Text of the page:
new $32,000 picture to his already large
The Sixteenth annual convention ol
tho Woman's Suffrage Association be
gan at Washington, D. C, Tuesday. t
George Orr, tho seventeen-year-old
murderer of Paola, Kan., has been con
victed and sentenced to imprisonment for
Lieutenant Lloyd will present to Queen
Victoria tlie standard captured at Tokar.
Twenty-three hundred rebel dead were
buried around Teb. 1
Lopez Martablo, Mayor of Laredo, waa
killed In a duel forty miles north of
Brownsville, Tex., by the editor of the
Tho Democratic Congressional Cam
paign Committee met at the Arlington
Hotel Tuesday evening and organized for
the coining campaign. 1
Lieutenant Schuetze will be rewarded
for his bravery lu searching for the Jean
nette crew by being attached to the United
States steamer Dispatch.
Sam Risgs, a merchant of Clear Springs,
Clark County, Ark., was arrested Tues
day for presenting a forged check at the
German Bank, Little Rock.
, Harry Beattie, of Easton, Ta., seven
teen years of age, reads dine novels. His
father attempted to flog him Tuesday,
whereupon Harry drew a revolver and
The Attornoy-Geueral of the State of
Tennessee ordered an abatement to be en
tered Tuesday In the case against tho late
Marshall T. Polk, the defaulting State
Representatives Buchanan, McAdooand
Boutelle have been appointed a sub-committee
to investigate the Jeannette expe
dition, in accordance with the Washburn
General W. II. Pond? of Topeka, Kas.,
the new Commander of tho Grand Army
of the Republic, has issued his first gen
eral order, appointing staff oillcers and
assistant inspectors for the State.
F'rauk Langston, son of Prof. J. M.
Langston, United States Minister to
Haytl, shot and killed James Spencer and
seriously wounded John S.Williams, both
colored, at Washington, D. C, Tuesday
night. He was engaged in a street fight
and tlie two men shot were spectators.
The Y'ale Glee Club will present Colonel
John Mason Brown, of the Y'ale Class of
185(1. of Louisville. Kv with a valuable
tankard for his services in effecting a
settlement w ith the Ohio & Mississippi
Railroad Company in tho suit arising
from the accident on January 6, from
which the Glee Club suffered greatly. ,
A Murderer at Large.
Washington, D. C, March 5. Dennis
Williams, the other colored man shot
by Professor Langstou's son, last night,
died this morning. Spencer died twenty
minutes after the shot was fired. Later
accounts confirm previous reports that
the shooting was without provocation.
Those killed were Innocent spectators of
the fight. Langston is still at large.
North Eiver Construction Company.
New York, March 5. It is understood
that a report will be made In a few days
to the stockholders of the North River
Construction Company, showing Its con
dition ami submitting to them the ques
tion of how its liquidation shall be pro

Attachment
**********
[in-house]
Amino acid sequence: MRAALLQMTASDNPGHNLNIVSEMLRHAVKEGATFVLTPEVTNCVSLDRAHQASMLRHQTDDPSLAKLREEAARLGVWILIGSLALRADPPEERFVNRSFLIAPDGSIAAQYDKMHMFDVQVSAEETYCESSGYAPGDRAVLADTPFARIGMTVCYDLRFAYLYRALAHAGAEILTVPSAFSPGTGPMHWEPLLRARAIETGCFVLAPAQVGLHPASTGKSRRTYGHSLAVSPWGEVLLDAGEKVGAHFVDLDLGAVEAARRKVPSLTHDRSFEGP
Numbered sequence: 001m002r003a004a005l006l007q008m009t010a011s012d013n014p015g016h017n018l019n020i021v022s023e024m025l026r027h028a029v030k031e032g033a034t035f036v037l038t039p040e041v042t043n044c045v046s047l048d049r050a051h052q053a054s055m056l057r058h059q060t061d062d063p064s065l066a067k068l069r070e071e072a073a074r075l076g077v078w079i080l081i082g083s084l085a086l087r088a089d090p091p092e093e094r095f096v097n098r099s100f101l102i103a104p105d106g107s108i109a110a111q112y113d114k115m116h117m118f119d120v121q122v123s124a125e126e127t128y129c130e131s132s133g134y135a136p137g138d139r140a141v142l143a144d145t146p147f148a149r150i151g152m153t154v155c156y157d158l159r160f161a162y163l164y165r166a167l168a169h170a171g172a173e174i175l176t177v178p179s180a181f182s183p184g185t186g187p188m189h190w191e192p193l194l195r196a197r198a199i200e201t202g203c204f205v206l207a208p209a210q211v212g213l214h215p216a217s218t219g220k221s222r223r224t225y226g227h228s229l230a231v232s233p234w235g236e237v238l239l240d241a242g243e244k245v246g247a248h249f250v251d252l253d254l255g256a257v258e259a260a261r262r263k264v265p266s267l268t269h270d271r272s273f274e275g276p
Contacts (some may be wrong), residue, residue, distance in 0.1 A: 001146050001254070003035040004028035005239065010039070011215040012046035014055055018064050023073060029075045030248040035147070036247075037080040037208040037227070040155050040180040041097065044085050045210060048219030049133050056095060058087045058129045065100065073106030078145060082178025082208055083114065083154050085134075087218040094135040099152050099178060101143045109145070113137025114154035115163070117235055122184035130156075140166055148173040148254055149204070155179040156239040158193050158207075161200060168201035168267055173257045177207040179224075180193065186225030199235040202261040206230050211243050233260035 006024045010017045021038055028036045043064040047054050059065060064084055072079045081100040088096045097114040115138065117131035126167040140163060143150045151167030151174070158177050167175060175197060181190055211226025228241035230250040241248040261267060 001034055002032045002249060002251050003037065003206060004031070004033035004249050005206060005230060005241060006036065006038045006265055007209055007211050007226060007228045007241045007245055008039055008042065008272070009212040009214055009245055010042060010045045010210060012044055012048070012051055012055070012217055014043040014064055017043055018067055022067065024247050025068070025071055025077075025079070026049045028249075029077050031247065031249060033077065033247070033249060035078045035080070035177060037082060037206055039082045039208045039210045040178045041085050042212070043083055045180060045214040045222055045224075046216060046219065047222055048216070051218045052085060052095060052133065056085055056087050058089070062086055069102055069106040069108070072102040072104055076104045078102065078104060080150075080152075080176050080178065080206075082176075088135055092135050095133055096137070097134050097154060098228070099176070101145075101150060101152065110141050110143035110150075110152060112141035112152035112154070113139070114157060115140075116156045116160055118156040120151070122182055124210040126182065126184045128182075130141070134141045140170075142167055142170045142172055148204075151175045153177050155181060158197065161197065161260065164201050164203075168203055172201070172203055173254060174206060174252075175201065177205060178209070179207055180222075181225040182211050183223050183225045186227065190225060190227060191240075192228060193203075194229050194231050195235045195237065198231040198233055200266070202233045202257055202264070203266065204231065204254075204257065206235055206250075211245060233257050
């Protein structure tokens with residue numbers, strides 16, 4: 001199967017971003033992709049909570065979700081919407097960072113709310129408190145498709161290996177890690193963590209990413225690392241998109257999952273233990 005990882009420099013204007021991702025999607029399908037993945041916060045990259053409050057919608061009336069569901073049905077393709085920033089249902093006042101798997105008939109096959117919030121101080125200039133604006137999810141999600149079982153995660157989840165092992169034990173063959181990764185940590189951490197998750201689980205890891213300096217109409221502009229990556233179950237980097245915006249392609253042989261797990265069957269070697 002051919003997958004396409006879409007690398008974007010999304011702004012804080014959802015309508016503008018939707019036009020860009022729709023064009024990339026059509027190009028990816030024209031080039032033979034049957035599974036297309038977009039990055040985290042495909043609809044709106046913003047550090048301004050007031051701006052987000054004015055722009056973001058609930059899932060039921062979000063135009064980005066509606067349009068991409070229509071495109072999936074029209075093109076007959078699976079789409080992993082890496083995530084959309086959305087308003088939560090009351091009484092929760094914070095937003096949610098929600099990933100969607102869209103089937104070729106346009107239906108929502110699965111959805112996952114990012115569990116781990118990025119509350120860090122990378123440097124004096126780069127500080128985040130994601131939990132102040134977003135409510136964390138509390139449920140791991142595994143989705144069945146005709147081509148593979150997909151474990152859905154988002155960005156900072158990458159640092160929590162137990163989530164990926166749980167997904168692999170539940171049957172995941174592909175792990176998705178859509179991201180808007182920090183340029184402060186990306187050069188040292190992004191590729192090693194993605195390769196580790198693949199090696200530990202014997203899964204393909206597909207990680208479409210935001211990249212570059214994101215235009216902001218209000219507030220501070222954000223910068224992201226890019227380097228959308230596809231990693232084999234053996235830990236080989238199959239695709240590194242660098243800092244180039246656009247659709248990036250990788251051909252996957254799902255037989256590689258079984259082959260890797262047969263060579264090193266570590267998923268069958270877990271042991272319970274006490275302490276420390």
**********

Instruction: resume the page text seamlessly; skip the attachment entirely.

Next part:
ceeded with. '
Washington, D. C, March 5. Solic
itor of the Treasury Raynor died here this
Oram and Provisions.
VEDNESDDM', MARCH 5.
Cottos Steady; miniliniMOo.
Fi.oi'ii-SteiKly; XXX to Choice, 3,55i&1.7j;
N'HKAT-Hurlier; No. Ki Itel f 1.00.S1.11;
No. Hod. tl.ou
CoiiN-Firin 8'id hlirher; No. 2 mixed,
WiOlsve; No. a, white mixed, oOSoO'aO. Ml
Oats Weak; No. 2, tM(SjM'to.
ItYB Firm: No. 2, ulic.
Ton Aceo Finn: Inirs. common fi etiolee.
$.").:.'.va 10.00; leaf, common to medium, J7.uOi4
II. nil. .
Hav Clio co tlinothv. flO.OiXial5.00: orlmo.
17.1 Ju-10.00; jirairie, prime to elioiuo t'J.Wib
HuTTKit Firm; choico creamery. STuii
S!c:futicV. iVtrfAV; (liiiry. (rood to olloleo. 2j.
27c; low grades nominal.
MidS 111 demand ut lwi .VMS.
Potatoks In irgod demand; olioiee North
ern, Xiyy.IOe; c million, iVitJSo.
Pork Dull; Btuiulurd mess, 17.87'4; hard
Laud Dull: prime steam, nominal atoc.
IIacon Long-i, U'te; sliorts, iO'.o; clear ril
Wont. Ttib-wa'hcd choice, ffiitf 4c; common.
2S..(,;tre; unwashed, medium, IHHiiio; low and
course triitd 4, l xif U'e.
HiDKS-Stendy; dry flint, 17c; ilamajroil, He;
tmllsor Btitffs lUc; dry suited, lD:o; dry Halted,
diiminred, loc; kip unj 0 ilf, Bulled, b'tc; Uiuii
aired (iUe; bulls and stans, 5!c; greotnuu
cured), (ilio; dumiiKed hiik!.
Siikk.i Pislts Steady; trreen, Tftitflrto; dry
do, 4tK(ttKlc, ns to amount and quality of wool;
green slieurititrs, iM-iiWe; dry do, hhiiit'c.
WHEAT-F.asier: Mnrch, BlVc; April, KHo;
May,7',e; Juno lis V"!'.; July, nno.
Corn Uiwer; Maroli, SUo; April, fil'c;
May, MV"5'c; June, fi?1 Jiily,5tl.
oats Weaker: .March, ai'ic; April, Ol'ic;
May, H."VW340; June. M'iv
1-oitK-l.ower; Manh, f 1,.,j0; May, $17.75;
JLAitn-L(vt''r; March, J9.35; May, fO.BLHi;
June, flUiO. y
Shout lUiis-Marcb, fO.lTfi ; May, t.25;
Wheat - Quiet; No. a Rod, March,
f l.ns April, JI.O.'S; May fl.ll; Juno, tl.12.
t'oii.v-Quiet; Mixed Western, March, 0lo;
Anrli. tt'.'io: May, 63?io;; Juno. 64c: July.
Ill rs Steady: WVstnrn. itilfctrtn.
Provisions Pork Uuiot and ftnn; mess
17.7u,ls..OO; Lard Dull; Btoaui, I'J.OS.
Live Stock Markota by Telegraph, j
Hogs Receipts 10.000: active and firm;
f'i lito hlirher; liiflit H.0lX&tJ.KS : rough paok-
lnif, iU,"Kii,H.Kr; heavy packing and ship-
ptntf, $H.iKi( 7.I5.
CATTt.K-Receipt, 0,410; dull; export. 18.40
Qnl.Kd; irood to choice, ".&" l.af.
SiiKKi' Iteceipts, 6,510; common to choico,
Catti.k Quiet: extra ateors, tU.8G27.0Oj
fair to irood, 5.f0nia.(iu.
Shkki' steady; fair to food Weatorn
alieep, f".-'.V.ii'Vi"; choico to fancy, 5.7S(u.50;
Hons Dull; trood to choice Yorker, ffl.70
(a-.x: light mixed, fiMOtiriUtt; jrood medium
weights, f 7.UUU.7.1U; plga, ttf.OUuo.tt.
Cattli-DhII; natlvo itcor ut l.OrM to
l.ftfO llm avr f5.37frrt.ttft: atockort and feeder,
t.fttiO.'iO; cow a, fa.SlO4.40.
Hons Dull: lota or 217 to fTO lba. av.,
S.1MV, 1.10: bulk of aalea at fMOM.Dft.
HitEKP-Uteadi uaWveaot 71 UiW lM.tr..